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Northwest passage : Early approaches, a historical account

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The search for a Northwest Passage may be said to have begun in the late 15th century with the voyages of John and Sebastian Cabot, who made the first recorded landfalls on the North American continent since the Norse voyages of the 11th century. The Cabots established that a passage through or round America would be necessary if the dream of a short route to the wealth of the Orient were to be realised. It was believed that there was a commercial route to the East by means of a strait (named Anian in the sixteenth century) through North American waters. Early Spanish and French efforts to find it failed, although the latter travelled deep into the continent along the St Lawrence River. In the sixteenth century British seamen sailed further north in search of the Passage and many features of the Arctic region were named after the explorers: among them Martin Frobisher, John Davis, William Baffin, Henry Hudson, Luke Foxe and Thomas James.

The Elizabethan adventurer Martin Frobisher made three voyages to the Arctic in 1576, 1577, and 1578. On the first he reached Frobisher Bay on Baffin Island, and brought back ore thought to contain gold, a discovery that led to the two successive expeditions. The 1578 expedition consisted of a fleet of 15 ships and was sent to mine gold in Frobisher Bay. The ore was found to be worthless after this voyage.

John Davis on his three expeditions in 1585, 1586, and 1587 coasted Greenland, Baffin Island, and Labrador, explored Davis Strait and discovered the entrance to Hudson Strait. Davis was prevented from a fourth voyage by the war with Spain, and his later voyages were in the warmer waters of the Far East.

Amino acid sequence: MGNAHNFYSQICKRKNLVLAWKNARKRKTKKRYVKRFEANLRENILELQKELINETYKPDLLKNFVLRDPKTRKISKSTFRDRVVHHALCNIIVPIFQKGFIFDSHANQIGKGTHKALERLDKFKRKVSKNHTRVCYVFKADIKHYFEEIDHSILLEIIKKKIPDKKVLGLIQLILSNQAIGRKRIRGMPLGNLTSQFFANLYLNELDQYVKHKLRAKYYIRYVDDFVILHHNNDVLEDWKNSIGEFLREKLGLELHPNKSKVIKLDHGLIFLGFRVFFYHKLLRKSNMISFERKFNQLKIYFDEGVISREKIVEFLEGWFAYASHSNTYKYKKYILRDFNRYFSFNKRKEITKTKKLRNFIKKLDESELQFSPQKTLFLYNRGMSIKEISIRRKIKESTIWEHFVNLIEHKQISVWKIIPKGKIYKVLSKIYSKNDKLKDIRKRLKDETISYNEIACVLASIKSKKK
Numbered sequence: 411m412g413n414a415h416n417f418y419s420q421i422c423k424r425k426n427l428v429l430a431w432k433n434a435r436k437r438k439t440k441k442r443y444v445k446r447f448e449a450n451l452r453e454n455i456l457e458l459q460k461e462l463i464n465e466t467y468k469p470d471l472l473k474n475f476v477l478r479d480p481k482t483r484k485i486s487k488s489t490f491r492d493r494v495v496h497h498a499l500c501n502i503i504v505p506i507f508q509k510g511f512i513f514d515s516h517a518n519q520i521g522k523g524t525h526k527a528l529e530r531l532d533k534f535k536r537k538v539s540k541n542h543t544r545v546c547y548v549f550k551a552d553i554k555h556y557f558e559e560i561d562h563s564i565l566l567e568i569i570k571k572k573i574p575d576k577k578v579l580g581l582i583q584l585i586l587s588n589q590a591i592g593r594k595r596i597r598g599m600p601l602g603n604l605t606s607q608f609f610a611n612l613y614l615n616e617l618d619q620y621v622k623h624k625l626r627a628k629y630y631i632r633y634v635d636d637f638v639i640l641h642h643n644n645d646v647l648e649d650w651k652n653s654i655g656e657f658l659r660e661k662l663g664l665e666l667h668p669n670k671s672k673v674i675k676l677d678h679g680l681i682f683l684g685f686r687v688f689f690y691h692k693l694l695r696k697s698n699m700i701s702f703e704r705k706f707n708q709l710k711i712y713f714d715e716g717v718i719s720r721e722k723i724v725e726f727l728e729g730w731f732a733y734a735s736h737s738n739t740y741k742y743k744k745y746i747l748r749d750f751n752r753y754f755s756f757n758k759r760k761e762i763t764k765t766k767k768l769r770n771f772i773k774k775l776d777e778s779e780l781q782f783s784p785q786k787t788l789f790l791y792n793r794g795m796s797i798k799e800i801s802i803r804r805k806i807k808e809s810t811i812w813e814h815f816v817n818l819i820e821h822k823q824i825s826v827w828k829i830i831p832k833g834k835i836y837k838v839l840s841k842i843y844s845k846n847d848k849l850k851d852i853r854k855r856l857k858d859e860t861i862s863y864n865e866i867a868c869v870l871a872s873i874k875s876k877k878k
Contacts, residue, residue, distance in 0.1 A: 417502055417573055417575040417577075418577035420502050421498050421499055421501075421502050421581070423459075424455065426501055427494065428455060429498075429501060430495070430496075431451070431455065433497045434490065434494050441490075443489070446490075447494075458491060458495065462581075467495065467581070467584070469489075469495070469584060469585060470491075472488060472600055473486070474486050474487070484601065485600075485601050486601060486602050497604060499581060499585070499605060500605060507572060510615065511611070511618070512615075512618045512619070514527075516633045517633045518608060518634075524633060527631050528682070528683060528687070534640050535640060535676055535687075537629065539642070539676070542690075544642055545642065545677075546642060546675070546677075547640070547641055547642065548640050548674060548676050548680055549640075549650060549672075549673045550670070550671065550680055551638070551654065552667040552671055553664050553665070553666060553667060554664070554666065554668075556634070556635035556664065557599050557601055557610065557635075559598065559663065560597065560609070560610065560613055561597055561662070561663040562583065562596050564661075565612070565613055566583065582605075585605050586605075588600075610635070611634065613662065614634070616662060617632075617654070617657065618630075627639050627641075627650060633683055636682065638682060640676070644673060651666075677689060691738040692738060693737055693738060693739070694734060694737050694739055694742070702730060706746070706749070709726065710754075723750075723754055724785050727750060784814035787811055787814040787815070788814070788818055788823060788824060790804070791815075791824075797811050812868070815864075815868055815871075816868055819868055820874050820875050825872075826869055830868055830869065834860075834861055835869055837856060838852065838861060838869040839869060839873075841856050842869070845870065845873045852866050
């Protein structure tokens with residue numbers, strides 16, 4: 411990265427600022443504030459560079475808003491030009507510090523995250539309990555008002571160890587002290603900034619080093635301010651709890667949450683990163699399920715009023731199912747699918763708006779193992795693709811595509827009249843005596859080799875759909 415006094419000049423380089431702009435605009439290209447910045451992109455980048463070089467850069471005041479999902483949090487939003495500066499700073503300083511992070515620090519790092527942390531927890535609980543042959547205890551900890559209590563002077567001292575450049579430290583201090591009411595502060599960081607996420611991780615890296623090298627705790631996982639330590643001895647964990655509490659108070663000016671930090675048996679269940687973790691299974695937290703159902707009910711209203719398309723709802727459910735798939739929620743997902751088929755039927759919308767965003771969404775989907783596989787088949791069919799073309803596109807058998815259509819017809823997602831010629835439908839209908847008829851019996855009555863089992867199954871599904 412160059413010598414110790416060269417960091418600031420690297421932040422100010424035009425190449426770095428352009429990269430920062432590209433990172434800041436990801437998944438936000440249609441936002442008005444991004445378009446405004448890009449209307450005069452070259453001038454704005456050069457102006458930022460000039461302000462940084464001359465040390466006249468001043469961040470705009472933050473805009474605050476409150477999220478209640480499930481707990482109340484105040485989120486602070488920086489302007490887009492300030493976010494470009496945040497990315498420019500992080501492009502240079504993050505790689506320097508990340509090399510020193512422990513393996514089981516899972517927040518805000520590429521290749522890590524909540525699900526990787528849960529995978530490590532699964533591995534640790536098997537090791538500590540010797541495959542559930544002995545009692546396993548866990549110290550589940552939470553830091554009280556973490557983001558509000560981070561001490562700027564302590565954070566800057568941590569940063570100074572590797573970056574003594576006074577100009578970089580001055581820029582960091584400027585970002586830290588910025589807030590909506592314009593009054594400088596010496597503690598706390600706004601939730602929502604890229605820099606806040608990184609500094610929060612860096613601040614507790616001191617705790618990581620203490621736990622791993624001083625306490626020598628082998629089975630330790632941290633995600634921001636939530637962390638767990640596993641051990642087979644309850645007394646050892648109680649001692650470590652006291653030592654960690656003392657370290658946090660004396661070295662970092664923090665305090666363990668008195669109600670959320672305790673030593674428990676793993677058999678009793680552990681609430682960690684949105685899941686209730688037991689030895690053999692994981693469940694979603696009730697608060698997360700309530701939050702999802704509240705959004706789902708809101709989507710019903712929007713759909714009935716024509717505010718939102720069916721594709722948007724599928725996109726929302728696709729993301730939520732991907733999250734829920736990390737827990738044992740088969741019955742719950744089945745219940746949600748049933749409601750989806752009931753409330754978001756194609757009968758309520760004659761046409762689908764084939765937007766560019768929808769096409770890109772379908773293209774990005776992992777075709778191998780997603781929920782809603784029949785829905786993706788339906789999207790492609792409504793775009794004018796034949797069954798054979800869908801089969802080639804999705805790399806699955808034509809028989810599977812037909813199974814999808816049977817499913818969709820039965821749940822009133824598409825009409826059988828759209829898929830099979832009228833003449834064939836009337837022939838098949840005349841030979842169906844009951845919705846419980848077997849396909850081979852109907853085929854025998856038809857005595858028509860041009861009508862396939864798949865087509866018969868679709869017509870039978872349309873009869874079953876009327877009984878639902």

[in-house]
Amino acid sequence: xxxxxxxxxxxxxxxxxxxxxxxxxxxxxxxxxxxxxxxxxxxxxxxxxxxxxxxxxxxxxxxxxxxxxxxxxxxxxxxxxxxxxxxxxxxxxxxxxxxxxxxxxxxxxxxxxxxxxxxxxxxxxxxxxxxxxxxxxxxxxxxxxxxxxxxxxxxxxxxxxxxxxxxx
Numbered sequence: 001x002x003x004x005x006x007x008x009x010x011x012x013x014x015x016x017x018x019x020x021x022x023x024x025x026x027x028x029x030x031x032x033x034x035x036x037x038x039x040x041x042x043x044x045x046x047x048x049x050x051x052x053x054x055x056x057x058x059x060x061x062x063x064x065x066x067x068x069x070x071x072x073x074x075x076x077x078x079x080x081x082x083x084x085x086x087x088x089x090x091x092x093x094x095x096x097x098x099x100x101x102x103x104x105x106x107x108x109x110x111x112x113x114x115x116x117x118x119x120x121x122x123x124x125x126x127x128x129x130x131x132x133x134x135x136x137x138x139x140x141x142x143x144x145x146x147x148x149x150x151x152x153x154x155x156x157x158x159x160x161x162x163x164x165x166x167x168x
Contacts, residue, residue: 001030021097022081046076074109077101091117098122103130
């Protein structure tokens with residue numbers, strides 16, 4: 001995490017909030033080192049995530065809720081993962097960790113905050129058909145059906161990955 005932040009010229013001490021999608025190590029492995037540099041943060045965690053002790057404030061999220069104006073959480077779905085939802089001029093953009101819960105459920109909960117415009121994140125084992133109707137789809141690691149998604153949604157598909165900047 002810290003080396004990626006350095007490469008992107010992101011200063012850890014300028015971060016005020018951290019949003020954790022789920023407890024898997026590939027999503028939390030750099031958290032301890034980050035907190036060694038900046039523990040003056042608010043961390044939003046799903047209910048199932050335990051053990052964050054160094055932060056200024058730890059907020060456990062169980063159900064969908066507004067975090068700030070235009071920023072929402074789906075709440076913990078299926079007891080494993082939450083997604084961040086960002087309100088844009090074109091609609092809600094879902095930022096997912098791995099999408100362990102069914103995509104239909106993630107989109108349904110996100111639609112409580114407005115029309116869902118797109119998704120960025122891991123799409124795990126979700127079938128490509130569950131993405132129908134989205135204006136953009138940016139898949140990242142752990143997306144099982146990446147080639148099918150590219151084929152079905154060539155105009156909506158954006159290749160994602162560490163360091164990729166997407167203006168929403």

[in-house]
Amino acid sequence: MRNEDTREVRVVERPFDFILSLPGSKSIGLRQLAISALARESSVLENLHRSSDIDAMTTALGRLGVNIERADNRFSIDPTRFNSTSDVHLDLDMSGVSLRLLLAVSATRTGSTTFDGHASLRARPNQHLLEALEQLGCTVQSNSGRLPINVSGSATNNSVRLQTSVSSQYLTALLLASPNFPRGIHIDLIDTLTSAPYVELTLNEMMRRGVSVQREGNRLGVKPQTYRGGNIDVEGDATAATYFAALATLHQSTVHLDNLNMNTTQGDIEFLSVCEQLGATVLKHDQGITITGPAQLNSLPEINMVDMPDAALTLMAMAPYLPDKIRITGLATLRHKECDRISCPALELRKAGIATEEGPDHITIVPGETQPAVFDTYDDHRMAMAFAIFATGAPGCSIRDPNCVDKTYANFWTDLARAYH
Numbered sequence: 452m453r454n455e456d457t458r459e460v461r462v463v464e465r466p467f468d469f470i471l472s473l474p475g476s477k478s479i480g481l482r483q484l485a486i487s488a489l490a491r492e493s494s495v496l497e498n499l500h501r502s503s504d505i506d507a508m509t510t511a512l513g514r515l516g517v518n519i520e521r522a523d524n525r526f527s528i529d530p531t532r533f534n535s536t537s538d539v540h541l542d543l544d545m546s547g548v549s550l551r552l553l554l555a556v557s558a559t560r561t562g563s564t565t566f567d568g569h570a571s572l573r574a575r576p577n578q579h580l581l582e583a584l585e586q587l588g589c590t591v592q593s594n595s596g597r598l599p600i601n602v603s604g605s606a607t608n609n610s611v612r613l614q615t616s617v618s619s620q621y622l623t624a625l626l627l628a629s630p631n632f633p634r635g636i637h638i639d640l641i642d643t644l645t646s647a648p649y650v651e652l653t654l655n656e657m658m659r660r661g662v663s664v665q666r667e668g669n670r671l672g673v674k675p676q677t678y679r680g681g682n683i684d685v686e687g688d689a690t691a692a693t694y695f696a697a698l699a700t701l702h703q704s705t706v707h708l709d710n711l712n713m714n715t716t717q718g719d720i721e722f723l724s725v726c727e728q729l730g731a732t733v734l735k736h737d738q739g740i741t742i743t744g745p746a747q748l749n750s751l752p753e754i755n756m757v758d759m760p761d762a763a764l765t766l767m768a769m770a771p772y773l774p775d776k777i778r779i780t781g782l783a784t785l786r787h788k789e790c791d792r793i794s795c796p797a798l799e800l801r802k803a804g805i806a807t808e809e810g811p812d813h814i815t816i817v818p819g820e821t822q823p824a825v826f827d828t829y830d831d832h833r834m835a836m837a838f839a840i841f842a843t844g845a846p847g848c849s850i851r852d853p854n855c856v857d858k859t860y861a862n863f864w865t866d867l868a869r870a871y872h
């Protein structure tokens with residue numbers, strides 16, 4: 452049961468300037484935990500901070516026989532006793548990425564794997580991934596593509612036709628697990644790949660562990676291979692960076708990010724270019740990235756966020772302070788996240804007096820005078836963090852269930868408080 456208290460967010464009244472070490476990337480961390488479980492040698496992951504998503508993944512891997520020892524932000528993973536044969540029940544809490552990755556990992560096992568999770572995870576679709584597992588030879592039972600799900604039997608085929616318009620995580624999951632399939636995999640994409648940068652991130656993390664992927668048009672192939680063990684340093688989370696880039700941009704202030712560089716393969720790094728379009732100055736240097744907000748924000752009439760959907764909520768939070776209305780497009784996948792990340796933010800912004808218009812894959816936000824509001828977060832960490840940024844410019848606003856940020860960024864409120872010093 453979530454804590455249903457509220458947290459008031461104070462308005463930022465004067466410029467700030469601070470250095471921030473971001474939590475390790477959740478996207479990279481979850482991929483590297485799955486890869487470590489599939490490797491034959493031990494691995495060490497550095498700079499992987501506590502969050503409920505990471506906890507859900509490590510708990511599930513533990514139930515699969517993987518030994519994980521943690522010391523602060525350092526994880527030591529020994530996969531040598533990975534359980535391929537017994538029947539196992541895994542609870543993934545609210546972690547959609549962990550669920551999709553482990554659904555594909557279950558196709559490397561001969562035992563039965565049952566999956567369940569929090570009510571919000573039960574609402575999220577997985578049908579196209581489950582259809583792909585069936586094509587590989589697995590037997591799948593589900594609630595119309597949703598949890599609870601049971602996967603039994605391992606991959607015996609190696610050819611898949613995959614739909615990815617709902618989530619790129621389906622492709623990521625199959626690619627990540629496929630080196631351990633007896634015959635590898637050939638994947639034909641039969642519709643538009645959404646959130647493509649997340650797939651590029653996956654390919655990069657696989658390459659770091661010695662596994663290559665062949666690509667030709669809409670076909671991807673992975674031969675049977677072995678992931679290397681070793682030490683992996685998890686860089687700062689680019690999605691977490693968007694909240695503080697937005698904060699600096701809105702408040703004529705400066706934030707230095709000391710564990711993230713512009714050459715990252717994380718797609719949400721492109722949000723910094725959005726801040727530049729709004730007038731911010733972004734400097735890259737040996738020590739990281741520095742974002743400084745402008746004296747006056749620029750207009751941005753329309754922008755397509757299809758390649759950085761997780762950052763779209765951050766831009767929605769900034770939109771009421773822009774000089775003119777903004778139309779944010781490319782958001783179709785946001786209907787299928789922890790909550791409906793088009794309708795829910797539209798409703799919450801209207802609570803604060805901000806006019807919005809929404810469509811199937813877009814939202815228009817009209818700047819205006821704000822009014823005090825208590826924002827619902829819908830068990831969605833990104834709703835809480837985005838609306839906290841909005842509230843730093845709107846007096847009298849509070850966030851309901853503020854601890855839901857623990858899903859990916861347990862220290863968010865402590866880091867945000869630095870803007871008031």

Henry Hudson, whose life apart from his last four years is a mystery, made voyages to Spitzbergen, to the northeast and to the river in America that bears his name, before embarking on a search in 1610 for the Northwest Passage. On this expedition he reached Hudson Bay and wintered in James Bay. The following June provisions ran short and his crew mutinied, leaving Hudson and eight others adrift in a boat. No trace was ever found of Hudson and his companions.

Robert Bylot was one of the mutineers who abandoned Hudson but was not one of those to be tried on return to England. In fact he accompanied Thomas Button on a Northwest Passage expedition in 1612-13, but apparently did not search for Hudson who may have still been alive in James Bay. Bylot then went on further voyages in search of a passage in 1615 and 1616 with William Baffin. In 1615 they correctly concluded that there was no possibility of a passage through Hudson Bay, and in 1616 they charted the coasts of Baffin Bay. These discoveries were later thought to be fantastic until John Ross rediscovered Baffin Bay in 1818.

Luke Foxe and Thomas James went on two separate voyages in 1631. Foxe explored the western shore of Hudson Bay and the western coast of the Baffin Island shore of Foxe Basin until scurvy broke out and he returned to England. James's rival expedition explored the southern shores of Hudson Bay and spent an unhappy winter on Charlton Island in James Bay. After the harrowing experiences of James and Foxe in Hudson Bay no more attempts to seek a passage were made for nearly 100 years.

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The Northwest passage The Northwest passage
Early approaches
The Northwest passage Voyages of delusion
The Admiralty takes over The Admiralty takes over
The search for Franklin and the discovery of the Passage The search for Franklin and the discovery of the passage
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